My world view had become polarized and looking at my feed – so had the people around me. No one was willing to listen. We had segregated ourselves from each other – us and them. The Left Vs Right, the Queer Vs the Heteros, the Whovians vs the Sherlockians… (then of course there’s the ever prevailing Supernatural fandom who have a reaction gif for everything – bless them). We’d isolated ourselves from the bigger picture. We were reinforcing confirmation bias on a second to second basis.

I needed to disconnect to reconnect with life around me. Everything was becoming overwhelming and I couldn’t ignore it. It reached the point where ads were all I saw. Anger was a constant state of being. Drama and the need to be loved by all was front and foremost in everyone’s lives. So I took the plunge. I wrote up an explanation, told people the platform they could reach me on, and gave them the address to this here blog. Once I was sure I’d given people vaguely enough time to see the message, I deactivated, and I went (relatively) dark.

In the first few weeks I received invites from people to events. They went something like “Hey loser, how’s the void going? Housewarming at mine on Saturday, be there or we’ll assume you’re officially dead!” Yikes. At the time I laughed, and I’d go to the events. I’d see people surrounded by other people, all with heads bent over their screens, scrolling through their various feeds and not listening to the person next to them (if anyone was talking at all). After a few weeks however, the invites stopped, people stopped replying to my messages, and I was effectively out in the void alone and without a spacesuit. I was finally disconnected from everyone who’s digital audience I had relied on over the years. After a month or two, even text messages and general chit-chat died down and a lot of people moved on and stayed “in touch” with more convenient people. 

In hindsight I’m rather saddened at the behaviour of people who were meant to be my friends and support network. While I understand some of their words regarding my leaving social media were said in jest, there was real fear behind them. I lost quite a few people I thought would have stuck around. I had expected the superficial “friendships” to disappear, but I hadn’t banked on people I’d spent real world time with to stop contacting me too. For the first month or two, I felt like I had been a friend of convenience, rather than a real friend. It hadn’t occurred to me that I’d be someone elses transient friend.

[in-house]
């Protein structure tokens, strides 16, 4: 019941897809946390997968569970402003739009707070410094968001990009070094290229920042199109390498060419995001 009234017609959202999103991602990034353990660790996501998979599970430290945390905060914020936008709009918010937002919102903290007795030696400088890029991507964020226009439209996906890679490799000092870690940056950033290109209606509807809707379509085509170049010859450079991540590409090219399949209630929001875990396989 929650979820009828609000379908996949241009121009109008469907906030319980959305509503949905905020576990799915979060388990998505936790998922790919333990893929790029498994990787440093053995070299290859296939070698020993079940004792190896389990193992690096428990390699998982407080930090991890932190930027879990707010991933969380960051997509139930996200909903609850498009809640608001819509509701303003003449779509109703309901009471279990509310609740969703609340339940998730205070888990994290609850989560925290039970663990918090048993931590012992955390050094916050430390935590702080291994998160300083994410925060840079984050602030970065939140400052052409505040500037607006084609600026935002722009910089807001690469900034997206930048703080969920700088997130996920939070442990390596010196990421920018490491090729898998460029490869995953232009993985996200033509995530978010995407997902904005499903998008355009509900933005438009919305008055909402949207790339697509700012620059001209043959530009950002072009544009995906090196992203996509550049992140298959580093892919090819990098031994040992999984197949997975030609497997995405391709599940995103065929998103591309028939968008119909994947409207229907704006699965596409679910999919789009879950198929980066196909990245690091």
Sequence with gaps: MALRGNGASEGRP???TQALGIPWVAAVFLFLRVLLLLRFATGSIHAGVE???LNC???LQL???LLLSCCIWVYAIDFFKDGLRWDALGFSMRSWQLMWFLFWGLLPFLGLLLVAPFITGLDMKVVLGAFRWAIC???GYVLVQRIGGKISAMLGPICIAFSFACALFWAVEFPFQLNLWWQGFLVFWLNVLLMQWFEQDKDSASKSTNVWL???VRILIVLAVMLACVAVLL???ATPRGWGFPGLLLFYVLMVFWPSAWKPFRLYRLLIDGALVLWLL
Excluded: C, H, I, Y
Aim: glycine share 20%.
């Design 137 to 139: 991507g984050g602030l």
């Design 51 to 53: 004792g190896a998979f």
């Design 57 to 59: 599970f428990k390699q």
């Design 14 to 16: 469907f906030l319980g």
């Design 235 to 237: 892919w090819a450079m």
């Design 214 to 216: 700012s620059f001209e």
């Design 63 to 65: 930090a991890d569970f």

I understand that my leaving most media had left people confused, and sometimes people forget and they just assume I know something because “It’s all over the internet right now” but the truth is, I simply don’t know. I’ve created some ignorance, which I am trying to combat by checking a variety of news apps and even reading the newspapers in the morning. Note: I said variety. I now actively seek out both left and right-wing ideas. I look for centrist and other ideals. I find I am far more informed on topics of interest than I ever was. My view isn’t being reinforced by the filter of my peers anywhere near as much as it was. I’ve also been able to avoid the vast majority of “Fake News” because I’m more discerning in the news I consume and where I get it from. I’m able to bypass a lot of fake statistics, over hyped dramatic retellings of events and I can get a decent basic overview of the world as it is. Which has been proving rather hard to stomach as the world is in such chaos at the moment, and I’m tired of being sad all the time. So I often find myself going a few months living in blissful world ignorance – which I am aware is not great. I’m working on it.

It’s also assumed that I just know about personal events because again, people forget I can’t see the Facebook event invite. Once I’d abandoned conventional social media, I realised I might experience a large amount of FOMO (Fear Of Missing Out). I was only semi prepared to say good-bye to every event invite Facebook could offer, but I persisted. Occasionally I’d message people and see what was happening. Every now and then I would check my favourite clubs/venues to see what events were coming up. I even subscribed to a few mailing lists for the bands and community events I cared about most. All of a sudden my time was MINE again. And boy oh boy! Did I fill it!

I started getting my gym routine back on track. I was reading more often. I was texting people to see if they were free for brunch, and I got many text messages asking to hang out after work from those few who’d stayed in contact. My calendar suddenly became more full of genuine one on one (or tiny gatherings) than Facebook had ever allowed for. I was and am having real communication with people who genuinely want to see me – because I wasn’t part of a mass invite. I don’t feel obligated to show up because so and so are going. I am no longer a social pariah for not attending this event or that event. My social life has never been more active, and I’ve never been so happy to be so busy. I even get to schedule in Me Time – and no one needs to know that’s what I’m doing that day. I am no longer obligated to do anything I don’t want to do; And let me tell you, that is the kind of freedom money and fake social status can’t buy.